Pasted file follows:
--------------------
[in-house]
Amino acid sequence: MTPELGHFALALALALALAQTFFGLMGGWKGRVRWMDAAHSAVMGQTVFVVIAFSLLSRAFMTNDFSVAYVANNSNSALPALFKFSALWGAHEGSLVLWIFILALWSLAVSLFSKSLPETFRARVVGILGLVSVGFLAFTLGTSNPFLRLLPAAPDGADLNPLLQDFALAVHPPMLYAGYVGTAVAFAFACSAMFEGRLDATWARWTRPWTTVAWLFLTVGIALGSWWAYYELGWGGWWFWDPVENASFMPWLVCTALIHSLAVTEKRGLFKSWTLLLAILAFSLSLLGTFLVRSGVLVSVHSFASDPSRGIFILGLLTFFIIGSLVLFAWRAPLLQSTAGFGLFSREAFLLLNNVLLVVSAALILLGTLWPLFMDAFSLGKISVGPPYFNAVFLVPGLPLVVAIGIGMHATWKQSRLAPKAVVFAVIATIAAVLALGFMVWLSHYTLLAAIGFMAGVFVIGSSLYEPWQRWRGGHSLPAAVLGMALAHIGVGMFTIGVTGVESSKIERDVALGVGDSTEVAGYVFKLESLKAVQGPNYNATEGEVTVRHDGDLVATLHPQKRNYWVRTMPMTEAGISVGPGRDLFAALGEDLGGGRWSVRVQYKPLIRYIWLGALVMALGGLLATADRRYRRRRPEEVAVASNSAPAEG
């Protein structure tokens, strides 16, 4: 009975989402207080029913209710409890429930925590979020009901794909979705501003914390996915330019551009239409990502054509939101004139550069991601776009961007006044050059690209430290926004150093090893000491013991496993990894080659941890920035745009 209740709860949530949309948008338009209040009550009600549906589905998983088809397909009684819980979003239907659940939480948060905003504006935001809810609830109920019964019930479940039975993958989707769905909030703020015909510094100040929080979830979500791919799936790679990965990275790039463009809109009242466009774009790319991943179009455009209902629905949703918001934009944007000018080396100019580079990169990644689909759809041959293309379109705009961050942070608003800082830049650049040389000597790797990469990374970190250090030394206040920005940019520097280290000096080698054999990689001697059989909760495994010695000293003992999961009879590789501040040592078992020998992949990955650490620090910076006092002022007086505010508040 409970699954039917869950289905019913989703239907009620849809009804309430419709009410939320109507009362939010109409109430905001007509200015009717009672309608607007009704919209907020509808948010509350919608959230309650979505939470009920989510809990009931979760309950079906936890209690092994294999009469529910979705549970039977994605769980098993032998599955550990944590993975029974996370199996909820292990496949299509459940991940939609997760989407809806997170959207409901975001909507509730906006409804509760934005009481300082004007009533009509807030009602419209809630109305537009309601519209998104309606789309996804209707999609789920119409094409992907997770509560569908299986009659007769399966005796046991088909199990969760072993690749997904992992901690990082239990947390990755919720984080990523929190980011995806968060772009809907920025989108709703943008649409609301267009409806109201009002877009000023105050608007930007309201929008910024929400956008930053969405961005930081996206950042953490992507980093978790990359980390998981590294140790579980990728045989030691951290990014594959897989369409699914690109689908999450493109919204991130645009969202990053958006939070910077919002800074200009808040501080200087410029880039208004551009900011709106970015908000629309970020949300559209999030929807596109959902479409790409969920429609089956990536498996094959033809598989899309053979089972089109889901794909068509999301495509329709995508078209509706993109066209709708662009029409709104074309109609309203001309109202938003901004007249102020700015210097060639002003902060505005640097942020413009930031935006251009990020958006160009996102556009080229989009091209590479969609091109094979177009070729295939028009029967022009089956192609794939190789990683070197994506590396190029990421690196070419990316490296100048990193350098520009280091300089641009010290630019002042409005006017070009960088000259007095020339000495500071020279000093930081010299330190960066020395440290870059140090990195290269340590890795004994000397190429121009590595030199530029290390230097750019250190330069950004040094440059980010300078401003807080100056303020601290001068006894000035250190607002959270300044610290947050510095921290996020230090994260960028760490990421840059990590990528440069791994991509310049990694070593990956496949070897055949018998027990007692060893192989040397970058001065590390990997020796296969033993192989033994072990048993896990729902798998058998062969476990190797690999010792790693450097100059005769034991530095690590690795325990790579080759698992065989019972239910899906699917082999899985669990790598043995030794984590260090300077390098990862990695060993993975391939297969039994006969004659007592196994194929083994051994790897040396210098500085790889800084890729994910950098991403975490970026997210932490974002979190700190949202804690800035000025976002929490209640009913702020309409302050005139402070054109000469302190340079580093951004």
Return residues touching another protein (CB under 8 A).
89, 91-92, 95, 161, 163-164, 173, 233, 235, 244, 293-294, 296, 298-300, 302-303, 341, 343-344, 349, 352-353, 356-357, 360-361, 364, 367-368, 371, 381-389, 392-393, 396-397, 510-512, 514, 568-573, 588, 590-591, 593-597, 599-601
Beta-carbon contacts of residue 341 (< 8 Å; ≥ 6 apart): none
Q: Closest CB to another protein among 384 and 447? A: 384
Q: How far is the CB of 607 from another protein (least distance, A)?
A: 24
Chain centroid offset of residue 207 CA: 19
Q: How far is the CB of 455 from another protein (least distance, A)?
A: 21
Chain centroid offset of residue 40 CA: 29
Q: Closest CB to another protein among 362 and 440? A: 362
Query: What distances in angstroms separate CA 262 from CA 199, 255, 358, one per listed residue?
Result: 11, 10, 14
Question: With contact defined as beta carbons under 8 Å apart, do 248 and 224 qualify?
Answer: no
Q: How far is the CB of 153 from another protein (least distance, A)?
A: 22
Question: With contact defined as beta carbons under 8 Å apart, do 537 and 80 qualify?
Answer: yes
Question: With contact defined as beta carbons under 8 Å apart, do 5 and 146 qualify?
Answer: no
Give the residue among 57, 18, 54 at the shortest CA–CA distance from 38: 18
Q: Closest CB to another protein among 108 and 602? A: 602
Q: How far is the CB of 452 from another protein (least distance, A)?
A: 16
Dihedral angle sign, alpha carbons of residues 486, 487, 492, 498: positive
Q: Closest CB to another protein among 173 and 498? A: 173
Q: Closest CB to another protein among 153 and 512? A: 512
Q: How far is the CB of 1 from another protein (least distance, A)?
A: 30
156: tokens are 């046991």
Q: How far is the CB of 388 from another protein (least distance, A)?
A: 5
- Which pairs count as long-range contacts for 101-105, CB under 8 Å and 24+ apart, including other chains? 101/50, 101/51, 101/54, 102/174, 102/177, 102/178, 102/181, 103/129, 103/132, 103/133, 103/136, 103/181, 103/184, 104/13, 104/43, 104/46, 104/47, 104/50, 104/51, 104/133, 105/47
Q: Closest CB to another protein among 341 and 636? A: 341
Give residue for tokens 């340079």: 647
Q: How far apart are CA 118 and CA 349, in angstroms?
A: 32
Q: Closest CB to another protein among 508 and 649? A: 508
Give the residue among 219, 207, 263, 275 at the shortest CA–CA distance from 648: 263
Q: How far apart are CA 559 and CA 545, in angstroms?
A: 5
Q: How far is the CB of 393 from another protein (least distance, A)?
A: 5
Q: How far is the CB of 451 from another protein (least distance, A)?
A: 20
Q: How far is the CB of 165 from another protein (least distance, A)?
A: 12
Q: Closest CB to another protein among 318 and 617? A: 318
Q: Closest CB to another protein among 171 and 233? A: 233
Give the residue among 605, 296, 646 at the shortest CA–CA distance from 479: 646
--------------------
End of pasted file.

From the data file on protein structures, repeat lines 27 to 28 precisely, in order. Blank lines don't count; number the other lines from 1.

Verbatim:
Q: How far is the CB of 452 from another protein (least distance, A)?
A: 16